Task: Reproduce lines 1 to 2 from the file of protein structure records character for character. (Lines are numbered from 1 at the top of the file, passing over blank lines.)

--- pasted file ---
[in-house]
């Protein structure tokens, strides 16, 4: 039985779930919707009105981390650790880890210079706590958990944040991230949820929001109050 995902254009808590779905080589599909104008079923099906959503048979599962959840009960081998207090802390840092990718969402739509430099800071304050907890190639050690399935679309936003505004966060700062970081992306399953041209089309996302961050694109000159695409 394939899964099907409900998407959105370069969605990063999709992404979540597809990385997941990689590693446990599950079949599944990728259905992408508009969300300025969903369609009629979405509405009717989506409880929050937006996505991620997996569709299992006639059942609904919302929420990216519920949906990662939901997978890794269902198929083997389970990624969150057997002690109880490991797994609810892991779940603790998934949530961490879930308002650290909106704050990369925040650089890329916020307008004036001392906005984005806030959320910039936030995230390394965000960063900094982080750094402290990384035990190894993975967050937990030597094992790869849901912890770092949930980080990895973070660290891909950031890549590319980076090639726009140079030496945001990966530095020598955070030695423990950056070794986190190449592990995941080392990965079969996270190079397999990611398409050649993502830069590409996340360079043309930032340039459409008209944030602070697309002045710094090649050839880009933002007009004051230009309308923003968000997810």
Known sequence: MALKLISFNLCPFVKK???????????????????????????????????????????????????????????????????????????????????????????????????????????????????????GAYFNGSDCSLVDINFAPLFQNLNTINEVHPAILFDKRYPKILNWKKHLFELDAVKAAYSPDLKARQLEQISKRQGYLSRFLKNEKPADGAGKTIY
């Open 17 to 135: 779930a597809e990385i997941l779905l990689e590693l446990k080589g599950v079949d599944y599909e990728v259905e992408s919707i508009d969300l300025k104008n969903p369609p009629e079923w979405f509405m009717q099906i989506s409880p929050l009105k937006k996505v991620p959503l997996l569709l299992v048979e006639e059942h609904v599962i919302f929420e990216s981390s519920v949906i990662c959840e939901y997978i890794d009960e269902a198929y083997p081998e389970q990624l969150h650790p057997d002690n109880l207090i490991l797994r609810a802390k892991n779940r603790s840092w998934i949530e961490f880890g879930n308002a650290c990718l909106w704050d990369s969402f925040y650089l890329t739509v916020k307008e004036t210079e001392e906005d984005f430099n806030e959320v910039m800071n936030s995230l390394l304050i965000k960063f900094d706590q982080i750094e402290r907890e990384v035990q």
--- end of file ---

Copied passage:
[in-house]
């Protein structure tokens, strides 16, 4: 039985779930919707009105981390650790880890210079706590958990944040991230949820929001109050 995902254009808590779905080589599909104008079923099906959503048979599962959840009960081998207090802390840092990718969402739509430099800071304050907890190639050690399935679309936003505004966060700062970081992306399953041209089309996302961050694109000159695409 394939899964099907409900998407959105370069969605990063999709992404979540597809990385997941990689590693446990599950079949599944990728259905992408508009969300300025969903369609009629979405509405009717989506409880929050937006996505991620997996569709299992006639059942609904919302929420990216519920949906990662939901997978890794269902198929083997389970990624969150057997002690109880490991797994609810892991779940603790998934949530961490879930308002650290909106704050990369925040650089890329916020307008004036001392906005984005806030959320910039936030995230390394965000960063900094982080750094402290990384035990190894993975967050937990030597094992790869849901912890770092949930980080990895973070660290891909950031890549590319980076090639726009140079030496945001990966530095020598955070030695423990950056070794986190190449592990995941080392990965079969996270190079397999990611398409050649993502830069590409996340360079043309930032340039459409008209944030602070697309002045710094090649050839880009933002007009004051230009309308923003968000997810």